By mid-March, the ice on many of Maine’s lakes and ponds begins to grow thin. For those who don’t enjoy the possibility of taking an icy plunge, we begin to think of other outdoor pursuits. One of my favorite March activities is chasing coyotes. As with deer hunting, there always seems to be something new to learn about hunting these wily creatures.
Red, Green or White Light
One of the latest discussions is around the use of spotlights. Basically, spotlights for night hunting come in three basics colors, red, green and white. While red is more traditional, green appears to be increasingly more popular and the new kid on the black is white. A search online will yield testimonials singing the praises of each of these lighting systems. So how does a hunter choose?
In my experience and from what I have read about the experiences of other hunters, green lights, though exceedingly popular, seem to be the poorest choice for predator hunting. Red and white lights tie for second, with a slightly higher number of hunters preferring red, including me. There is even scientific research indicating most manufactured “red” spotlights emit visible light in the 620 nm wavelength but a true red and the best “red” for predator hunting are spotlights that emit light in the 660 nm wavelength. White lights have gained a lot of popularity over the past several years and more and more hunters are using them, especially those who enjoy videotaping their hunts.
Ultimately, despite the color employed, hunter success in the field is dependent more on how the spotlight is used and less on the chosen color. For example, coyotes can't see red light but that doesn't mean a direct blast with a spotlight (of any color) won't send them running. When scanning fields for coyotes, quickly scan back and forth looking for eyes. Red lights are extremely effective in picking up a coyotes eyes. This is because coyotes have a “mirror”, called a tapetum lucidum, beneath their retina that collects and focuses light back into the retina, enhancing their ability to see in low light conditions. Looking for that eye reflection is the key to success and all that is required to do so is a 3-4 second sweep of a field. Scanning is of course much easier, if it is done with two people, with one person operating the spotlight and the other operating the firearm.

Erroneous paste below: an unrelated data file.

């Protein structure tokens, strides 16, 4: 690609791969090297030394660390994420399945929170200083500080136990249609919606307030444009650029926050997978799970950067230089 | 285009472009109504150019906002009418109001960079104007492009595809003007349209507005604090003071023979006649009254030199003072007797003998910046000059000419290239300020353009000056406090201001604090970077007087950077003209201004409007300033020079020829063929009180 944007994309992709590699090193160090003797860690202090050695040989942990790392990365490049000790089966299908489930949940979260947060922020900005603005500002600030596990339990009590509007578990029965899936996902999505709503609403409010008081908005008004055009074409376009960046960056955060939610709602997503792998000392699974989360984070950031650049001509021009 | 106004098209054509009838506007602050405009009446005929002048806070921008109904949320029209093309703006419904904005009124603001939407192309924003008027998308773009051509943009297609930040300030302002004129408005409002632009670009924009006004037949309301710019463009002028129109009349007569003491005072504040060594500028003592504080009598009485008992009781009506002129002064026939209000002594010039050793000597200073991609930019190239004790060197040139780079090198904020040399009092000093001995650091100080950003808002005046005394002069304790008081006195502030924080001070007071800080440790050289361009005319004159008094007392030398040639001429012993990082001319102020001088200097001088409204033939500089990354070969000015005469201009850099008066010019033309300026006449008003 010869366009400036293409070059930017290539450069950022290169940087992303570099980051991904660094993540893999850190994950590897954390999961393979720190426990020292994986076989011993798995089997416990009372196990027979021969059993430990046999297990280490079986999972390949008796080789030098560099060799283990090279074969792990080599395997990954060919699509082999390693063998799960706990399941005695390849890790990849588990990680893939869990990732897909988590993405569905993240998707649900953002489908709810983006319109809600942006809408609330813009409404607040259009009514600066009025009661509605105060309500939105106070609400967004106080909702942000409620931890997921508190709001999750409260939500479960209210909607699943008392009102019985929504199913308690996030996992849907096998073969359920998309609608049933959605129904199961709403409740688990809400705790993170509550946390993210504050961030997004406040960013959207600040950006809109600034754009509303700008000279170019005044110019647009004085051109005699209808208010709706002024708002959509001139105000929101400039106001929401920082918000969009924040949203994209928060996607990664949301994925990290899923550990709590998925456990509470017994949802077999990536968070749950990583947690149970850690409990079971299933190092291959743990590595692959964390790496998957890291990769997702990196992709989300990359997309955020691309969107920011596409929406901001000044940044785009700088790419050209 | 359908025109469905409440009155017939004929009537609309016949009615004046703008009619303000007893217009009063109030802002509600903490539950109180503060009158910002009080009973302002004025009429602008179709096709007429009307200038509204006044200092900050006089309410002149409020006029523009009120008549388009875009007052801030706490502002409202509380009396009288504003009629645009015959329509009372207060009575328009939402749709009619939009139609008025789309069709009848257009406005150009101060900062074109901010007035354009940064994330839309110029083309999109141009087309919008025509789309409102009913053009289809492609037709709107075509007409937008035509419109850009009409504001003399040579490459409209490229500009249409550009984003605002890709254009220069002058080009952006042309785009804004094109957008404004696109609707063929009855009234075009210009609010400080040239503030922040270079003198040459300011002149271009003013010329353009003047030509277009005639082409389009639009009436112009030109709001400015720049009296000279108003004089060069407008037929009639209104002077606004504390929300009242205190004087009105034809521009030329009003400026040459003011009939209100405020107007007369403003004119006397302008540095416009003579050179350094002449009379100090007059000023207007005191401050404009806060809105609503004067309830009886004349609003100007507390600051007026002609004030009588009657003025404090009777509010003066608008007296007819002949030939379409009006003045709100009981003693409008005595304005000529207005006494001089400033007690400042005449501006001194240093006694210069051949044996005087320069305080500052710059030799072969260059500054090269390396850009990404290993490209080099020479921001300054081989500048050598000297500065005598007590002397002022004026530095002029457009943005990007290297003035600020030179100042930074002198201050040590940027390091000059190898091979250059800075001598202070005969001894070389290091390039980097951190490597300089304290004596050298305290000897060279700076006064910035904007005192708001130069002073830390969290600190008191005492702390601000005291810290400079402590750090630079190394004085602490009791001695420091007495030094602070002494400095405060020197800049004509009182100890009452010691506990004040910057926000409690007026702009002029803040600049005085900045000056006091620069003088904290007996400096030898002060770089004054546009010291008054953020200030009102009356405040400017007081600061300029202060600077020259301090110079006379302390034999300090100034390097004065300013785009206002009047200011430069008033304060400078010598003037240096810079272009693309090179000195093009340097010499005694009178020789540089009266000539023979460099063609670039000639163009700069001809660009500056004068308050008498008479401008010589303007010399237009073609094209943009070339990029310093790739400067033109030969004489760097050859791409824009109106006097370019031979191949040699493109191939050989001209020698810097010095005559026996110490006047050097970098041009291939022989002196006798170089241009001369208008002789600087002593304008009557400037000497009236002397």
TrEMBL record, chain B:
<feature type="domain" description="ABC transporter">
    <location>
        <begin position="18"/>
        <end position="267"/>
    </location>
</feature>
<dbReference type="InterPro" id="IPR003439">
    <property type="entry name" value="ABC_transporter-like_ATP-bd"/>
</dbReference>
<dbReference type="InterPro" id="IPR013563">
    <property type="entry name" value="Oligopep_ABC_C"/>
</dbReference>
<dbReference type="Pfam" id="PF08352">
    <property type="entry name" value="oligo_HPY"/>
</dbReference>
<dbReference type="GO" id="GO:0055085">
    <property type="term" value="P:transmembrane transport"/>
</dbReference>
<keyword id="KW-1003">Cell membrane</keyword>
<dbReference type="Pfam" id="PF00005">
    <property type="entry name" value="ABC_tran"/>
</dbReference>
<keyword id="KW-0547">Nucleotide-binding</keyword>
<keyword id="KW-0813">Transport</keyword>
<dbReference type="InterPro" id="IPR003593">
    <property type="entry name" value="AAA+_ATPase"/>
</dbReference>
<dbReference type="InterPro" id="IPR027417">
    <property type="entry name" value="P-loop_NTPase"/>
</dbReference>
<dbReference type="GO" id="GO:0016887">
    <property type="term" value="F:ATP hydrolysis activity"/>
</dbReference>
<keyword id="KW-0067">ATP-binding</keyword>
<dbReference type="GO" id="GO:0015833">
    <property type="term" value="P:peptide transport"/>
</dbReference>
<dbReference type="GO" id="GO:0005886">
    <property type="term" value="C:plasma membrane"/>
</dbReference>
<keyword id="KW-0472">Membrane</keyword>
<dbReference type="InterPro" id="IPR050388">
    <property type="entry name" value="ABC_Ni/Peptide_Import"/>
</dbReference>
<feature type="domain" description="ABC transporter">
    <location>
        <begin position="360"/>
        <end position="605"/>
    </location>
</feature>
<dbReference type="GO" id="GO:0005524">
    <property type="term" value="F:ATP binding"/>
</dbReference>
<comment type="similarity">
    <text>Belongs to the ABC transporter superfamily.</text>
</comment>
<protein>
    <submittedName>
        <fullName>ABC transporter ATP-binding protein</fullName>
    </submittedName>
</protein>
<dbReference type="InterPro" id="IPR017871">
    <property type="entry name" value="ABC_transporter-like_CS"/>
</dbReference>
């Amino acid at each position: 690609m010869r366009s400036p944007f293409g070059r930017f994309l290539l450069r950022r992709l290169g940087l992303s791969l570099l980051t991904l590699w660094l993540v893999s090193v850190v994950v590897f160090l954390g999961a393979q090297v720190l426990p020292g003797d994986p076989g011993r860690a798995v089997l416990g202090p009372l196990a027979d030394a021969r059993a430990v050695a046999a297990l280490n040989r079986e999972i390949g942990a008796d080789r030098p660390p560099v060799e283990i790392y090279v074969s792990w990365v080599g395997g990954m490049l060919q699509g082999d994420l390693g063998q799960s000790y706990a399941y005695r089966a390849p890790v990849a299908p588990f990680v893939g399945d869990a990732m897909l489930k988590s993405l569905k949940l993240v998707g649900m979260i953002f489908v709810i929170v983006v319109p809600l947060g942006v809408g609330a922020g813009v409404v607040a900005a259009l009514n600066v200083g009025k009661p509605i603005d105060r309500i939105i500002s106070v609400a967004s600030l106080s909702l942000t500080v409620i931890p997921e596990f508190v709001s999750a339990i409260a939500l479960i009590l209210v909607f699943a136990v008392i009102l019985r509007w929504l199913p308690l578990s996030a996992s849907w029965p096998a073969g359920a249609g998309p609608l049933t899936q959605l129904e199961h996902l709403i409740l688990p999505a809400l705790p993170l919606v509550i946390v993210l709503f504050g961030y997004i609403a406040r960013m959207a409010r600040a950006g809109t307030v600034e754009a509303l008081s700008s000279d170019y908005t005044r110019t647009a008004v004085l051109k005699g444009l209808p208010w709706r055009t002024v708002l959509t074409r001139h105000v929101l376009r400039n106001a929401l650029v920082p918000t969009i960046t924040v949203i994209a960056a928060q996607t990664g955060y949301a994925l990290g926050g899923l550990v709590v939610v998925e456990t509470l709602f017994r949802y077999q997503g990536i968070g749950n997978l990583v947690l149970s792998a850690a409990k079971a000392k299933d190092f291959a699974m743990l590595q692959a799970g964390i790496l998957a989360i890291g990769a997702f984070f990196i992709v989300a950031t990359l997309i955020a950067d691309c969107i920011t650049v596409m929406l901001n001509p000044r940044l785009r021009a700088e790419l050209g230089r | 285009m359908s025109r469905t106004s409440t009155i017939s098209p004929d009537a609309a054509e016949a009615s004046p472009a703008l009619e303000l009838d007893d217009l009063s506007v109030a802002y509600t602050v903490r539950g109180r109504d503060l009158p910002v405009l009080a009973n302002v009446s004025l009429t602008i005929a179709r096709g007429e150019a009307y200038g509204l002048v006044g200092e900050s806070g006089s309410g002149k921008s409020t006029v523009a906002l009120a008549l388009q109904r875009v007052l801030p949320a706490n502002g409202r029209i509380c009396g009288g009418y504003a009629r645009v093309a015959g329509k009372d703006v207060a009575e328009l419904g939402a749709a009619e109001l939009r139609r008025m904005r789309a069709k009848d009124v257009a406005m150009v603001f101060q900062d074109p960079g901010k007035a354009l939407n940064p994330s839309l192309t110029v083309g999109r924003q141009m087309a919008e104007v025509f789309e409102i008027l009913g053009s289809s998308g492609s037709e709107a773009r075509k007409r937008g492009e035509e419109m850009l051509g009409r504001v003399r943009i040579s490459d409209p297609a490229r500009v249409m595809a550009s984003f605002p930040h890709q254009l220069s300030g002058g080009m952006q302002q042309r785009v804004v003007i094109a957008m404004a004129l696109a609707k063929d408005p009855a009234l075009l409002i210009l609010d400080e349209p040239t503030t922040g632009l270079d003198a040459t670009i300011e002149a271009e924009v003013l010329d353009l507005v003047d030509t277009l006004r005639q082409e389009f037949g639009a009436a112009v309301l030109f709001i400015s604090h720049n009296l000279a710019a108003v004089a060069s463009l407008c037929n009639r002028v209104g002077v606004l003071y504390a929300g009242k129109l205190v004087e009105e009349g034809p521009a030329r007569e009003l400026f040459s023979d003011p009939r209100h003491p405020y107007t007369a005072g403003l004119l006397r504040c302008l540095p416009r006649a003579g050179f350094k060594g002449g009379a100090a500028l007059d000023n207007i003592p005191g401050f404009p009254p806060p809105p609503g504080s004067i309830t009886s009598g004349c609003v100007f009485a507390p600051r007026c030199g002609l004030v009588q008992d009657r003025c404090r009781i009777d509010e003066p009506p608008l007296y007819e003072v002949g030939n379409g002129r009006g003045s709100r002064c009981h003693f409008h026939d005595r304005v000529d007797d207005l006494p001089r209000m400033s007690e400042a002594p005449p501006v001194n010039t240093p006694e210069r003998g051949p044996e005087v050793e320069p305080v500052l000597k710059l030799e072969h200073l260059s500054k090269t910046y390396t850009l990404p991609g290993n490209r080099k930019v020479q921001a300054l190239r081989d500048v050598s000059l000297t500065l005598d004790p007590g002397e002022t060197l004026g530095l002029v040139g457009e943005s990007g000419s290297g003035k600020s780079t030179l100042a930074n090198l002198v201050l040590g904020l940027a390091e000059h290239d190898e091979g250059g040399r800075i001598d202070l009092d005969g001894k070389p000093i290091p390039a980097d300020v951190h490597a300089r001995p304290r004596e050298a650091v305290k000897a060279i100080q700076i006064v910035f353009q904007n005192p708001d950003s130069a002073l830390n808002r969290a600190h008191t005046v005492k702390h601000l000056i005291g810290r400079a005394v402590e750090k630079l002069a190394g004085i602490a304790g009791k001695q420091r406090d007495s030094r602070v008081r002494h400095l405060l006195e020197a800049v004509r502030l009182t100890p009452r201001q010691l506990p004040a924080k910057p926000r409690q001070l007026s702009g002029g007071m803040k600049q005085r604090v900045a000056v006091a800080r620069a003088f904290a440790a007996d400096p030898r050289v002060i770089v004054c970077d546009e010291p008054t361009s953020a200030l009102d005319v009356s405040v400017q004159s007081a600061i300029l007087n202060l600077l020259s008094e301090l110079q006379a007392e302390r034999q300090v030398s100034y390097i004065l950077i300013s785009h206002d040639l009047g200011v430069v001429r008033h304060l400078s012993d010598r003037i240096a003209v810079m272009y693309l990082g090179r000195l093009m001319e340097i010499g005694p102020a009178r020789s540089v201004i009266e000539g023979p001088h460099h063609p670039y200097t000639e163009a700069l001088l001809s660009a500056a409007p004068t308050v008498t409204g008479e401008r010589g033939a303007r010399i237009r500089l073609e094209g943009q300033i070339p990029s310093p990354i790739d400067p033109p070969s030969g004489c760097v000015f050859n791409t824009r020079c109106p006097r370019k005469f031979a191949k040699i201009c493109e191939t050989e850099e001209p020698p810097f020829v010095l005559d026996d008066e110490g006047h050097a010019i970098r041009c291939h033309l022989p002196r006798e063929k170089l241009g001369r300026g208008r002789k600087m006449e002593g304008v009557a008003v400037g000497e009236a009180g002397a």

Properly Identify Target
After identifying a reflection, it is critical that hunters properly identify their target, a task that is exceedingly difficult when only an animals eyes are identified. Most coyotes will spook, if hit with the direct beam of a spotlight for more than a few seconds. Instead, use the softer light on the edge of the spotlight beam to identify the target without sending it running off.
Shooting at Night
Light, light, light!
When the full moon isn’t shining, a hunter’s best friend is a spotlight. My best advice when selecting a quality light is don’t penny pinch. A good quality spotlight, that will perform well in Maine’s cold climate and won’t easily break, is somewhat pricy. Good spotlights include the Orion H30 ($129.95), the Predator Tactics Reaper ($199) and the Wicked Lights W403IC ($219.95). All of these models also have the ability to throw light well over 100 yards, a feature that will come in handy as a coyote hunter’s knowledge of an area and skill level increases and they decided to transition to using a rifle. Also, these high power light systems are incredibly helpful in picking out coyotes on bait sites where extended range is likely to be needed.